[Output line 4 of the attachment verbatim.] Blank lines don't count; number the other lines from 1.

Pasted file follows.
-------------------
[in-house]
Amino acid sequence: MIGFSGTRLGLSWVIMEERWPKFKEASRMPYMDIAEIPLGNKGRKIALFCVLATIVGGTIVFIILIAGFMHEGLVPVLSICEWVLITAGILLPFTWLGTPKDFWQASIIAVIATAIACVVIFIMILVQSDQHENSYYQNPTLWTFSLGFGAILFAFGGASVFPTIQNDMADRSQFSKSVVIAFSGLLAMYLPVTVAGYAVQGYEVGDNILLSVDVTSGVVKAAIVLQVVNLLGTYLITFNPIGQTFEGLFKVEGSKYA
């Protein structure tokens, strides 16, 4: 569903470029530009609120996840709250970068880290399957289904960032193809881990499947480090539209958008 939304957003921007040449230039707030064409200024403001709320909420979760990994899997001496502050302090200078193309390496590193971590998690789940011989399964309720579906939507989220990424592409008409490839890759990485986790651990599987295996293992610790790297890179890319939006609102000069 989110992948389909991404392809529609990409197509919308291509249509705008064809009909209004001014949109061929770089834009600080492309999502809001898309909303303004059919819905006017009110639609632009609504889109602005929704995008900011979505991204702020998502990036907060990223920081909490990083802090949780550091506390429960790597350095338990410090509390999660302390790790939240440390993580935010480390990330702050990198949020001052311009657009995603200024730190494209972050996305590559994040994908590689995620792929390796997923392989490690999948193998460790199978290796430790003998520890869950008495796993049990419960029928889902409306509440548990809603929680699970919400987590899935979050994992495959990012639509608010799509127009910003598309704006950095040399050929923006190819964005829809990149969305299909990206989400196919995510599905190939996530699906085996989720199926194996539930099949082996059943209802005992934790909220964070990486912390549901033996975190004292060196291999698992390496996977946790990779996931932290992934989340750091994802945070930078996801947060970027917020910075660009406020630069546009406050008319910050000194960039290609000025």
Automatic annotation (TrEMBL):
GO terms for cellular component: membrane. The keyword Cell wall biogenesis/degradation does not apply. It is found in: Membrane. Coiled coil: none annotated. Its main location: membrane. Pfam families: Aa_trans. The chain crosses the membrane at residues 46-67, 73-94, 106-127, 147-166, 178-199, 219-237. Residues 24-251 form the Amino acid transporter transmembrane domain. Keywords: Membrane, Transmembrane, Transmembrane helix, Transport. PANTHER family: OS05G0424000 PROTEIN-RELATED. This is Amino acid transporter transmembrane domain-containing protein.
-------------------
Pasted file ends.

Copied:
Automatic annotation (TrEMBL):